NEW ORLEANS (WVUE) - Wilbert Vincent sees it every summer weekend.
"Sometimes you might have 100, 150 kids out there," says Vincent. "That is a lot of kids. they got their grills, they got their barbeque pits and they're having fun."
Hundreds of people packed the sandy strip near the Seabrook Bridge Sunday.
New Orleans Police say a woman waded with her 5-year old nephew when the child slipped from her grasp and headed for deeper water.
Witnesses told police the young boy immediately went under and didn't resurface.
He died at a local hospital.
It happened a little more than 24 hours after a 7-year old girl got into trouble while swimming in the same area.
She also died at a local hospital.
"From a pollution standpoint, the lake is safe," says Dwight Williams, executive director of the Lake Pontchartrain Basin Foundation. "The swimming ability is what dictates it. if you're a good swimmer, it's as safe as anywhere else. if you're not a good swimmer, it's more of a challenge."
Williams says, while swimming is allowed in the lake, there's no designated access on the south shore.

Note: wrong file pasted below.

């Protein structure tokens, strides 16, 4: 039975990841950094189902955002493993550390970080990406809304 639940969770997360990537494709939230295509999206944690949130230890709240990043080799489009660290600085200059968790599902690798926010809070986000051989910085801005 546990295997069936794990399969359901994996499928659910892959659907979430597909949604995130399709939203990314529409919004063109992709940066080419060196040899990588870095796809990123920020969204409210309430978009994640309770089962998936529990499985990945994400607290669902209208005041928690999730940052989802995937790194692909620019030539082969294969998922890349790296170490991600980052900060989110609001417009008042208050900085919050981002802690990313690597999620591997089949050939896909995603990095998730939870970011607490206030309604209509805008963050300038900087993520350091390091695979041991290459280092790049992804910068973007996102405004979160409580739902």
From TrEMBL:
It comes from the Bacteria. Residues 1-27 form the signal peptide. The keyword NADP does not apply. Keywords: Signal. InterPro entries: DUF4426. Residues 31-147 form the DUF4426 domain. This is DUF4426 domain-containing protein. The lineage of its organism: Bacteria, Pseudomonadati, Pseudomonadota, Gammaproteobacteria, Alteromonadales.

The bottom of Lake Pontchartrain isn't like a flat, sandy beach. Williams says the water can go from knee-deep to over your head in a couple of steps.
In the murky water, Williams says it's impossible to see what lies ahead and the conditions can change in an instant.
"A sudden thunderstorm can come up and all of a sudden you go from a nice flat lake to rolling waves and if you've come in off the seawall and you went in and of course the seawall itself is treacherous because it's so slippery and it's full of barnacles but if you've got to get back out and there's two-foot waves hitting you from behind, that gets extremely dangerous too," he says.
Williams believes people need to be strong swimmers before going in lake and if not, have on a life jacket.